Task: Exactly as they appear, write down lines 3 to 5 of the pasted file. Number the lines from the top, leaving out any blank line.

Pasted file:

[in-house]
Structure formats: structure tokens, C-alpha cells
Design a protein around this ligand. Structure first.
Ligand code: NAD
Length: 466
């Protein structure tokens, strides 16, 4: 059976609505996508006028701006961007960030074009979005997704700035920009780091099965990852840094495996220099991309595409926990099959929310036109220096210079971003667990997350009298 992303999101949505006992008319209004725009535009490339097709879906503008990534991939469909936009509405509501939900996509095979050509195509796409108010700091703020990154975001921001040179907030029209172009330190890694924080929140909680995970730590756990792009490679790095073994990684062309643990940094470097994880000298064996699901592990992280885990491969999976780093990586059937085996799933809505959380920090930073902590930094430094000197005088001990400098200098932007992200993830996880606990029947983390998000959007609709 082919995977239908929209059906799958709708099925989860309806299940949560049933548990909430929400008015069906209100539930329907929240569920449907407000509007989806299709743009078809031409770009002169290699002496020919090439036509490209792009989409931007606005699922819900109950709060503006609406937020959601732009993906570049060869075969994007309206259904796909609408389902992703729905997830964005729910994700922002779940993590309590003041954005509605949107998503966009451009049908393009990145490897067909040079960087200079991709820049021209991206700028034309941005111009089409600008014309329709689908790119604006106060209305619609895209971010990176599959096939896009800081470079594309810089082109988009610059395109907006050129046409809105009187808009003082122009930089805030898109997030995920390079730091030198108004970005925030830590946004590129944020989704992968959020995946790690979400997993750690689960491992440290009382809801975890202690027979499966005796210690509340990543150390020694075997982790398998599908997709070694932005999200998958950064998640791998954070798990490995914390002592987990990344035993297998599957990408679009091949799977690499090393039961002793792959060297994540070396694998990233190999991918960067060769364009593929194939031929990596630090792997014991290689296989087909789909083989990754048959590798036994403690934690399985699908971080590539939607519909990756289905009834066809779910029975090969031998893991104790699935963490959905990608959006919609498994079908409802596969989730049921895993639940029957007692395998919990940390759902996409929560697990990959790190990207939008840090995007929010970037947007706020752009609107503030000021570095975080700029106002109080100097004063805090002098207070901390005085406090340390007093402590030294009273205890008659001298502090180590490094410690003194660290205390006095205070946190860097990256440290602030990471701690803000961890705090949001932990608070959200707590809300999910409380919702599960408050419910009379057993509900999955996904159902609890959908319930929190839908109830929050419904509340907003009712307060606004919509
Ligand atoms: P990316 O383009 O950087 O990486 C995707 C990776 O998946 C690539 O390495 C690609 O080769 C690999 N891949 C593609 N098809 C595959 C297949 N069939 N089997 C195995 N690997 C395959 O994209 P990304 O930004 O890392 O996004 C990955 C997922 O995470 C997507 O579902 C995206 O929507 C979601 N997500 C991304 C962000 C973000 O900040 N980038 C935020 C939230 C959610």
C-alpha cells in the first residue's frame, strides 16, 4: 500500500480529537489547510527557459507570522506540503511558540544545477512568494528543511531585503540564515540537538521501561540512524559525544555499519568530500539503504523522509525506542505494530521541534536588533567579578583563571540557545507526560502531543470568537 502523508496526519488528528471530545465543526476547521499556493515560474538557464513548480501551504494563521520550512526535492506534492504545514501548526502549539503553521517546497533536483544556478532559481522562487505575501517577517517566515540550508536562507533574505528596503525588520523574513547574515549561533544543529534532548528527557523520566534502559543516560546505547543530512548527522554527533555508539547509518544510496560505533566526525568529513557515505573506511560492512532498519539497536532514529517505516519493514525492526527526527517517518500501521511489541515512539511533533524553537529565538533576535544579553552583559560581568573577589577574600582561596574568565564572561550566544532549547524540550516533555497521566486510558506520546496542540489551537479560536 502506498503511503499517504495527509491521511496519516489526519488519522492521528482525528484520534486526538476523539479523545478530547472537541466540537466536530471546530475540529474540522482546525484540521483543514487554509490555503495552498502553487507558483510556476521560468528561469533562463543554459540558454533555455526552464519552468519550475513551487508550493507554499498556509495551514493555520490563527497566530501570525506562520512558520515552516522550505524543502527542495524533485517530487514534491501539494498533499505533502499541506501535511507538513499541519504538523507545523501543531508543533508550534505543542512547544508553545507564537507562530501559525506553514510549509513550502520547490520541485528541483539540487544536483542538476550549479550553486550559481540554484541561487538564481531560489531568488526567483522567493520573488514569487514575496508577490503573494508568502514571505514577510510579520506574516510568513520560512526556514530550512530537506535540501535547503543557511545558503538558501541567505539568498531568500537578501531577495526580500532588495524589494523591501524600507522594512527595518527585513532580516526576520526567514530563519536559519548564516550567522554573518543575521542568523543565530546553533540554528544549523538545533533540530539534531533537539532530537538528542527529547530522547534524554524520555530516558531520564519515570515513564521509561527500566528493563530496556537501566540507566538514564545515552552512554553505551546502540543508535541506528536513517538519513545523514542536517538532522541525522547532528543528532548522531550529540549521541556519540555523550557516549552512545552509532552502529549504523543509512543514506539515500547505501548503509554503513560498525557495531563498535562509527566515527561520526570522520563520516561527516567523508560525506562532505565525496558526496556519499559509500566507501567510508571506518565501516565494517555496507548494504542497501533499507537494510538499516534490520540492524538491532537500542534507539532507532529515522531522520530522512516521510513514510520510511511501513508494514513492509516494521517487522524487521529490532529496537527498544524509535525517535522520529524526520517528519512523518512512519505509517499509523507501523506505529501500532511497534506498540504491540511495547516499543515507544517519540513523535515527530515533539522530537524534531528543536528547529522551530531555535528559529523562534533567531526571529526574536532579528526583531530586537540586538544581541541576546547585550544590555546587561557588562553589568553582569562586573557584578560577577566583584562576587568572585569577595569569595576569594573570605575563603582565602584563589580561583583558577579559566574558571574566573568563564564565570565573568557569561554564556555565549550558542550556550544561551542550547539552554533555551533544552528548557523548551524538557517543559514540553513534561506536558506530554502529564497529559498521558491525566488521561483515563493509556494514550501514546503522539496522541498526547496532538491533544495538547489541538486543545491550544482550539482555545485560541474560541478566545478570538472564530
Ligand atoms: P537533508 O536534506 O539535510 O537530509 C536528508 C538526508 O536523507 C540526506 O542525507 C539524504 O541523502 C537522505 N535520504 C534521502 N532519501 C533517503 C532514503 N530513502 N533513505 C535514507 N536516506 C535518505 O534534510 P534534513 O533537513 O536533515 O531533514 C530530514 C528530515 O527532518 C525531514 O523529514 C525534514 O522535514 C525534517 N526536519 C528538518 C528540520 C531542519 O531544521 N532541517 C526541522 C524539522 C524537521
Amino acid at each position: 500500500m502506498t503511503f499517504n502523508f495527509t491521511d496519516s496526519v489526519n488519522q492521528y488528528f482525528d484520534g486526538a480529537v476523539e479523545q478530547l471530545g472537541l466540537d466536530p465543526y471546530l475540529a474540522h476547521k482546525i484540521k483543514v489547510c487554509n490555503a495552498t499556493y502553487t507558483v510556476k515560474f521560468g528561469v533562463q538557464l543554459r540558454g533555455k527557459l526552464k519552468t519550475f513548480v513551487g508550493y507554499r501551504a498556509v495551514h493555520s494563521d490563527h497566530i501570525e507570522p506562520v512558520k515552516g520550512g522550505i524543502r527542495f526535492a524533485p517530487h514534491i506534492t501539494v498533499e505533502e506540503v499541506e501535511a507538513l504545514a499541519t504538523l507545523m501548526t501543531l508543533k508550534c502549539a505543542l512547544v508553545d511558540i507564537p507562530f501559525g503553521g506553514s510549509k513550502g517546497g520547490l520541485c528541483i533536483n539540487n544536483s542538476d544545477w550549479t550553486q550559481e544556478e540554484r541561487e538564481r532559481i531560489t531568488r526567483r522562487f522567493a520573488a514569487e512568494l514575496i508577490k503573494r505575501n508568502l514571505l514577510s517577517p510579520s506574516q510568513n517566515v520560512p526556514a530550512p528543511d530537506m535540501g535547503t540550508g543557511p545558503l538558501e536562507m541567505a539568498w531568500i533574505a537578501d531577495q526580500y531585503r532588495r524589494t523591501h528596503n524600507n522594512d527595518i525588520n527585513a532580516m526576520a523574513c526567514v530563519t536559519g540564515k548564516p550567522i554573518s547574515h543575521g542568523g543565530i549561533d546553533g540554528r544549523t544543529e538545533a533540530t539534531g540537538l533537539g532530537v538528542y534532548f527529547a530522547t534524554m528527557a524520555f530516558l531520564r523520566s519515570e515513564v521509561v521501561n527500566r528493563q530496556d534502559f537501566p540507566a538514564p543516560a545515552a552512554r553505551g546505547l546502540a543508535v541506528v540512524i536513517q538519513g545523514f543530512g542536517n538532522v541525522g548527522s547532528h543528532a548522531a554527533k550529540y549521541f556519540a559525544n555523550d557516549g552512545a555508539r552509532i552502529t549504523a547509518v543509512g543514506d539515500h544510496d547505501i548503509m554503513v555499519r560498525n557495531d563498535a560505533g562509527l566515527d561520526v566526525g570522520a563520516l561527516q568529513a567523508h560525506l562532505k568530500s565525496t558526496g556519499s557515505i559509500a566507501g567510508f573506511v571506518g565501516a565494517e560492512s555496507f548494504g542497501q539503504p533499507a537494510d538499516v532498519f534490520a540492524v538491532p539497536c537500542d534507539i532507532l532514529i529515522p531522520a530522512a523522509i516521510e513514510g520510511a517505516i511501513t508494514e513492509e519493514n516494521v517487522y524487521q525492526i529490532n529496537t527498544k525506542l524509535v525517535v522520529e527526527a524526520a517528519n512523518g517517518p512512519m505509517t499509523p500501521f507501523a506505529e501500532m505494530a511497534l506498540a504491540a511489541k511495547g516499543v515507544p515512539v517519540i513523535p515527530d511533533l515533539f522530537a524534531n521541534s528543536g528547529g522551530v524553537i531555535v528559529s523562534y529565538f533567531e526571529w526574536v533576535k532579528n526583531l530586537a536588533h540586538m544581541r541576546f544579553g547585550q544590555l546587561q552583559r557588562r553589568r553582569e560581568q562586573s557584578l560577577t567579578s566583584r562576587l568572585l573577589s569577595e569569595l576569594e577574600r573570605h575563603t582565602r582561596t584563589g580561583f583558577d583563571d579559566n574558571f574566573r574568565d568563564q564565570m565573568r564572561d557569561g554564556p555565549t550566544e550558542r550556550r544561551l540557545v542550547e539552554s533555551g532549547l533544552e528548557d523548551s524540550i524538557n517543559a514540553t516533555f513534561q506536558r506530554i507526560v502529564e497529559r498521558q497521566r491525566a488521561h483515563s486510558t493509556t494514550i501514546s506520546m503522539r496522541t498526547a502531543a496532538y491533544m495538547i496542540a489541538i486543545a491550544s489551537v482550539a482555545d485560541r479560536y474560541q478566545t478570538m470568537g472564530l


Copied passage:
Design a protein around this ligand. Structure first.
Ligand code: NAD
Length: 466